Most of the adolescents participating in the present study had, at some time, self-medicated for recurrent pain. Consistent with the existing pain literature, females were more likely to self-medicate for pain, most of which was headache and menstrual pain [7, 14, 15]. Adolescents expressed a wide range of attitudes toward OTC analgesics. Although negative attitudes were expressed, they did not appear to be based on personal experience or scientific evidence. Nor did negative attitudes seem to affect the pharmacological pain management strategies chosen by adolescents. Negative attitudes may be due, in part, to the heavy exposure adolescents experience about the dangers of illicit drugs . Negative attitudes about illicit drugs may possibly transfer to negative attitudes about all medications.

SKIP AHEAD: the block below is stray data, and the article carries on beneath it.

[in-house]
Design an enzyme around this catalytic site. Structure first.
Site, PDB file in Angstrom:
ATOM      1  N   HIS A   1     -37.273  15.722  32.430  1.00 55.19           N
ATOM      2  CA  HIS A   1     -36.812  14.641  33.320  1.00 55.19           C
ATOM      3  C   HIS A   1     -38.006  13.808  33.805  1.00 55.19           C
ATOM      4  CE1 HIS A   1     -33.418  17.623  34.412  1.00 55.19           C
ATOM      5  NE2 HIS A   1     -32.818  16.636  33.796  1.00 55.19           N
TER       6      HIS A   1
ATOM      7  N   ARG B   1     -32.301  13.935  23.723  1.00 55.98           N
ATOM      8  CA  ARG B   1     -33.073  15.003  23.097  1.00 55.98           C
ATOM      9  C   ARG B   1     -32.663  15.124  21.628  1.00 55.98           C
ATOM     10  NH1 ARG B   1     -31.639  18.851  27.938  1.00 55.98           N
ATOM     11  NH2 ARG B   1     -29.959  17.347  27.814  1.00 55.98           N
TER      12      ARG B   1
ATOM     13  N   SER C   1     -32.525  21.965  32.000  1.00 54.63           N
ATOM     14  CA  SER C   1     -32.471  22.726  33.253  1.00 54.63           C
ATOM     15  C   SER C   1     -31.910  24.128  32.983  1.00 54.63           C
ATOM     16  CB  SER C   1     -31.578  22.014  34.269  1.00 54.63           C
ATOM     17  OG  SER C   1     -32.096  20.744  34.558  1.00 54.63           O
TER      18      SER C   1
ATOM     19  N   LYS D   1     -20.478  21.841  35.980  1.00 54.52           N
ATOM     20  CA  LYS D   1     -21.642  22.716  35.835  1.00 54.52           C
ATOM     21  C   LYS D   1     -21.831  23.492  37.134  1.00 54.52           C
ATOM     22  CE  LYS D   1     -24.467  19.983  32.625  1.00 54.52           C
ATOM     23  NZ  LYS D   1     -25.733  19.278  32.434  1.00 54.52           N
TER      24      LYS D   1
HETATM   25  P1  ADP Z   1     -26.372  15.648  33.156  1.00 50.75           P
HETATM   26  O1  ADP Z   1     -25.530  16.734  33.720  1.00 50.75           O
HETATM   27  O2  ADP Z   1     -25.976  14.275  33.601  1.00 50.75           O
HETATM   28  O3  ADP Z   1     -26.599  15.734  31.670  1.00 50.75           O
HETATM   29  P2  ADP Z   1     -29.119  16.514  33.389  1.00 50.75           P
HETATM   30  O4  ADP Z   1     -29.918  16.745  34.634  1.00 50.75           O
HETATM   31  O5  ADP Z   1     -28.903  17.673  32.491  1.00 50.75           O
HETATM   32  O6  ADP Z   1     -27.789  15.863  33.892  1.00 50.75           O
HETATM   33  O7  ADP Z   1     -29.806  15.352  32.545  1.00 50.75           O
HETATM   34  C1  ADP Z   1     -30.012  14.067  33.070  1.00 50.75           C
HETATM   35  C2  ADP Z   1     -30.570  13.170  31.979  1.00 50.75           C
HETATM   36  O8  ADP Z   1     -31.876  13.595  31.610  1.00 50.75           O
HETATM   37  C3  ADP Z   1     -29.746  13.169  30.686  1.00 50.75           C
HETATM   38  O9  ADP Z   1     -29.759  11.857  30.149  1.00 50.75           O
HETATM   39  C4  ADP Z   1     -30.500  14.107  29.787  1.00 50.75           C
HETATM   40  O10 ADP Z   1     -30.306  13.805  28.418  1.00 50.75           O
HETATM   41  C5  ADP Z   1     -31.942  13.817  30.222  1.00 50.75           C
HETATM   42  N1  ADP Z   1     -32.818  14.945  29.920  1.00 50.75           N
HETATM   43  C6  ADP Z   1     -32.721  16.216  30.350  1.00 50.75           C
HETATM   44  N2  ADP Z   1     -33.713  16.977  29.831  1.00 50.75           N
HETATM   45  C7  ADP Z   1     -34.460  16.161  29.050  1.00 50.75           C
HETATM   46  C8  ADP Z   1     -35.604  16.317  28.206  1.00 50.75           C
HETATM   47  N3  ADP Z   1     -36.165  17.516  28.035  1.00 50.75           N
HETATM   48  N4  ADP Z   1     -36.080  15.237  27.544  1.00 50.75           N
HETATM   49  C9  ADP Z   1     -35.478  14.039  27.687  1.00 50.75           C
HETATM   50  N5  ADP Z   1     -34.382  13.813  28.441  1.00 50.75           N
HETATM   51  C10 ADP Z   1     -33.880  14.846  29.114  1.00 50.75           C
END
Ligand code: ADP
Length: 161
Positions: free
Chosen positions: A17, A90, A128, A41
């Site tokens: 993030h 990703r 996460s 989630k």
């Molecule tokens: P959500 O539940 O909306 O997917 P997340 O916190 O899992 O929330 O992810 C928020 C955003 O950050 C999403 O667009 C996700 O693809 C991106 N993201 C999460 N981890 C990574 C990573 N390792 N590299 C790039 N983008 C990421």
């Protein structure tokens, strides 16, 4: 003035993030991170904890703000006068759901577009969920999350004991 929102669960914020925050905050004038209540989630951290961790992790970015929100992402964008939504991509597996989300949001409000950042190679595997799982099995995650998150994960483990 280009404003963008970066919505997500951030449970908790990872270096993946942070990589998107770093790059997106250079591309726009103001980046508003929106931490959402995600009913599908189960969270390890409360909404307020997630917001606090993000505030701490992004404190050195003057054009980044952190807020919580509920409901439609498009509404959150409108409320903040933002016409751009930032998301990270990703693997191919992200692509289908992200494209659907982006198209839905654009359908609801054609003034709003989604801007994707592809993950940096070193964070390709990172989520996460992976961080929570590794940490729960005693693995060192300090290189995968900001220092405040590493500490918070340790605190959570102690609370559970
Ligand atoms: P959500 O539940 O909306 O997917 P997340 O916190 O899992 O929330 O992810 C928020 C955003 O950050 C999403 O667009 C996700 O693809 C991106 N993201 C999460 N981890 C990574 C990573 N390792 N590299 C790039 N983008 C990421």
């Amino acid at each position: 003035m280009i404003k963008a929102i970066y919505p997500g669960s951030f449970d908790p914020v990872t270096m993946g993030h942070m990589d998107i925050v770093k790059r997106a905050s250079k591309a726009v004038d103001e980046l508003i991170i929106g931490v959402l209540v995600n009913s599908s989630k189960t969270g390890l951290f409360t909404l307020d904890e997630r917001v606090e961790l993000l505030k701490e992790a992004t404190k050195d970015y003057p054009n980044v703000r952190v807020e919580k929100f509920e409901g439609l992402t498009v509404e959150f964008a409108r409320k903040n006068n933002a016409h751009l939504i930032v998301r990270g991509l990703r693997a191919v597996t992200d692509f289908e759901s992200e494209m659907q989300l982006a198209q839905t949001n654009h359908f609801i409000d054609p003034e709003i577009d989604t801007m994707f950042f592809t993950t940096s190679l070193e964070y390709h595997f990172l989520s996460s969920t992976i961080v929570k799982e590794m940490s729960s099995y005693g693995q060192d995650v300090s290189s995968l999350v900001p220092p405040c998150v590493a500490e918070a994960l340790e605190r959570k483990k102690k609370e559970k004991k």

Where peer influences in OTC analgesic use were considered, there were clear gender differences in medication access and availability. Most notably, females were more likely to carry OTC analgesics in their backpacks and share them with their friends because "we get menstrual pain." The "norm" for girls to carry OTC analgesics to school may be related to analgesic use persisting beyond the normal duration of discomfort  and the generalization of menstrual pain complaints to other types of pain . However, school policy may likely be influential in adolescent girls' choice to carry OTC medications to school; in both of the schools participating, teachers or administrators could not provide children with OTC analgesics. Although peer influence in OTC analgesic use was apparent for female adolescents in the present study, there was no clear indication that peers were influential in pain management choices in general. The primary social influence in adolescents' pain management choices appears to be parental, specifically maternal, and has been described elsewhere .